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1 Jun 2018

NBlog June 1 - 'Incidents and disasters' awareness module

Despite our very best efforts to avoid or prevent incidents and avert disasters, infosec and cybersec pros may concede that they remain a possibility. A remote possibility. Vanishingly small, we hope.
Being prepared for incidents and disasters puts our organizations in a better position to survive and thrive, keeping essential business processes and systems running despite the events (i.e. continuity and resilience), recovering non-essential ones as soon as practicable afterwards (that's recovery and resumption), and generally coping with whatever comes our way (contingency, as in what we need to do is contingent on what actually transpires in the event of our worst nightmares coming true).
Preparedness involves getting ourselves ready in case something goes seriously wrong. Whereas we may cope perfectly well with relatively minor events, more serious incidents or disasters such as the following deserve or require better preparation:
  • Power cuts, surges and dips (that's power dips, not the cheese variety);
  • Fires, overheating or smoke damage (a hot trio);
  • Floods and leaks (rain water, ground water, sea water, sewage);
  • Earthquakes, cyclones, tornadoes, volcanic eruptions or terrible storms (The Tempest);
  • Hacks and social engineering attacks (yes, cyber incidents too);
  • Overloaded IT systems, out of capacity, broken (or just   f la ky);
  • Malware infections, spyware, ransomware (malevolent software);
  • Mistakes by system administrators or users, plus “accidents” of all sorts (whoopsies);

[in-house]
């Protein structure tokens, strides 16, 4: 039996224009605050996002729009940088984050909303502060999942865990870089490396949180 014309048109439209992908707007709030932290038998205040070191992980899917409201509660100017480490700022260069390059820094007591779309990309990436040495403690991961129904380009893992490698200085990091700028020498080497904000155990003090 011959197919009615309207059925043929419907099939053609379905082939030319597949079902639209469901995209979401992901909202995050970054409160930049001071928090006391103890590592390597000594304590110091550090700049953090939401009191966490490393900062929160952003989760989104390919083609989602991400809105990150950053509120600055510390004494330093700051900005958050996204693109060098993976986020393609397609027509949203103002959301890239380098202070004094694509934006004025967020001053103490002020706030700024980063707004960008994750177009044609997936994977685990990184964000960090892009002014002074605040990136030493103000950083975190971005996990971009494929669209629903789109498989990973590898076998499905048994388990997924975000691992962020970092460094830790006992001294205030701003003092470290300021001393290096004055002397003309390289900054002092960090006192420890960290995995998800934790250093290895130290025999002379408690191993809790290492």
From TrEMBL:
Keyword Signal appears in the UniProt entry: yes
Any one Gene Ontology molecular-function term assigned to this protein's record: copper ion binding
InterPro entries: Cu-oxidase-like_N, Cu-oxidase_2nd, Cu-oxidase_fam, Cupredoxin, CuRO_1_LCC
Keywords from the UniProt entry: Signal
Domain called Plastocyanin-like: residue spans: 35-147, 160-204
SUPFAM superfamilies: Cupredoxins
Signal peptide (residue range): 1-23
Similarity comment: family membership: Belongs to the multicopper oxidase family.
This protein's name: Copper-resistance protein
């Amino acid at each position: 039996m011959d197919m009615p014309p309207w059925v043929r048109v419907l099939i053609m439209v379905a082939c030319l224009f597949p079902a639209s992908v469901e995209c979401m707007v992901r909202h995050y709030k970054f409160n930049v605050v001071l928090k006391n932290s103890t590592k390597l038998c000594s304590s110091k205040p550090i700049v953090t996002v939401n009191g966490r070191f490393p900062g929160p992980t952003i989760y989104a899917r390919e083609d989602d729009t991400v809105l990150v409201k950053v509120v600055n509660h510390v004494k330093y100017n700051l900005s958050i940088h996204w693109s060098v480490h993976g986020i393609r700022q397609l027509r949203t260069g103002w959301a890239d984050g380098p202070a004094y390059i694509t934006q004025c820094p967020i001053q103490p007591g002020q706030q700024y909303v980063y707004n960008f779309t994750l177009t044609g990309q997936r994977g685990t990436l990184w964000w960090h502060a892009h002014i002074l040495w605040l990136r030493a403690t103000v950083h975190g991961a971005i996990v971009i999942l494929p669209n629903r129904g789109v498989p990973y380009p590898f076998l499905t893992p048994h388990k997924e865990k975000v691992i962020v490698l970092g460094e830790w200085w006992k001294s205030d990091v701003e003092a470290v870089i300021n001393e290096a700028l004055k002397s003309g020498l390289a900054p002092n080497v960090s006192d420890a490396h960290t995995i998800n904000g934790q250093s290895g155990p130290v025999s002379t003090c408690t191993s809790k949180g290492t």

• Essential people unavailable (off sick, on holiday, under a bus, mysteriously disappeared, poached by competitors, poached by a volcano, playing golf, getting married, otherwise engaged, retired, exhausted, hung over, spaced out, busy Doing Other Stuff, on strike, in the nick, locked in the telephone kiosk ...);
  • Sabotage and cybertage (cybervandals or drug-crazed ax-wielding nutcases on the rampage);
  • Failed IT changes or upgrades (no!  What are the chances of that, eh?);
  • Cloud and Internet failures (stop it, you're scaring me now);
  • Serious frauds (as opposed to the jocular or casual ones);
  • Failure to hit significant deadlines, leading to compliance issues (GDPR for example?);
  • Other nasty surprises ! BOO !
A vital part of the preparation is preparing our people. Being mentally ready to cope with the stuff life throws our way is part of it. A willingness to Do What Has To Be Done is another. Security awareness and training, then, is business-critical given the risk of incidents and disasters as well as being absolutely invaluable at all other times. If you're not convinced, consider the alternative: would you rather find yourself in the midst of a crisis with a bunch of people who haven't a clue what's going on, are scared witless, don't know what to do and mostly just want to disappear under a rock? 

Getting the organization ready to face up to assorted crises has advantages under normal circumstances also. Resilience is a small word for a big concept in business continuity, the idea being that essential business processes and systems should remain at least partially operational under all but the most extreme circumstances. Limping along rather than running, maybe, but still going like the Duracell bunny.

NoticeBored subscribers have another 60 megs of fresh educational content to get their teeth into this month. If your security awareness and training program doesn't cover business continuity, if "Keep calm and carry on" is the best/only advice you can offer, do get in touch: we'd love to help out. We have a clue.

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